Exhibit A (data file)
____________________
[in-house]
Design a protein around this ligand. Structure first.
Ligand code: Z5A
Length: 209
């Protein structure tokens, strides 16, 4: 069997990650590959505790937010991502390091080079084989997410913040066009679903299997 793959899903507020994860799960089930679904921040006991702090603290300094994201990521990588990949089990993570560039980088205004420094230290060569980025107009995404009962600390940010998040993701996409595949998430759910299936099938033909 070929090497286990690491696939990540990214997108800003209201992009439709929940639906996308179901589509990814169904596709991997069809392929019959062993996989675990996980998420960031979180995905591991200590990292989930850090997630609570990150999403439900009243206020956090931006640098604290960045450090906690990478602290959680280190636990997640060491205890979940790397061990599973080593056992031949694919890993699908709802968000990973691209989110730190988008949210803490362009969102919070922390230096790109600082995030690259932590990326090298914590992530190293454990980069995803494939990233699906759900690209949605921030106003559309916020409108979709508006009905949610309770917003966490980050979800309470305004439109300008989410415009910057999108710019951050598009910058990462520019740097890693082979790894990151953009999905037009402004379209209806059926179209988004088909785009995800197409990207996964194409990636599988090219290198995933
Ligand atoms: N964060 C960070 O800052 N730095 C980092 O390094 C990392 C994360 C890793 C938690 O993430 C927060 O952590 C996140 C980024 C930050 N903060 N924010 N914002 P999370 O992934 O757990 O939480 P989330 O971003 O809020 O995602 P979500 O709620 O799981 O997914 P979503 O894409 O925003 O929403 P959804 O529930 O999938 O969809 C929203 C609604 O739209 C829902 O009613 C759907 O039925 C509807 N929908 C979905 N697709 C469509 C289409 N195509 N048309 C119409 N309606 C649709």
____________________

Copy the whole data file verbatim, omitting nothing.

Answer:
[in-house]
Design a protein around this ligand. Structure first.
Ligand code: Z5A
Length: 209
């Protein structure tokens, strides 16, 4: 069997990650590959505790937010991502390091080079084989997410913040066009679903299997 793959899903507020994860799960089930679904921040006991702090603290300094994201990521990588990949089990993570560039980088205004420094230290060569980025107009995404009962600390940010998040993701996409595949998430759910299936099938033909 070929090497286990690491696939990540990214997108800003209201992009439709929940639906996308179901589509990814169904596709991997069809392929019959062993996989675990996980998420960031979180995905591991200590990292989930850090997630609570990150999403439900009243206020956090931006640098604290960045450090906690990478602290959680280190636990997640060491205890979940790397061990599973080593056992031949694919890993699908709802968000990973691209989110730190988008949210803490362009969102919070922390230096790109600082995030690259932590990326090298914590992530190293454990980069995803494939990233699906759900690209949605921030106003559309916020409108979709508006009905949610309770917003966490980050979800309470305004439109300008989410415009910057999108710019951050598009910058990462520019740097890693082979790894990151953009999905037009402004379209209806059926179209988004088909785009995800197409990207996964194409990636599988090219290198995933
Ligand atoms: N964060 C960070 O800052 N730095 C980092 O390094 C990392 C994360 C890793 C938690 O993430 C927060 O952590 C996140 C980024 C930050 N903060 N924010 N914002 P999370 O992934 O757990 O939480 P989330 O971003 O809020 O995602 P979500 O709620 O799981 O997914 P979503 O894409 O925003 O929403 P959804 O529930 O999938 O969809 C929203 C609604 O739209 C829902 O009613 C759907 O039925 C509807 N929908 C979905 N697709 C469509 C289409 N195509 N048309 C119409 N309606 C649709």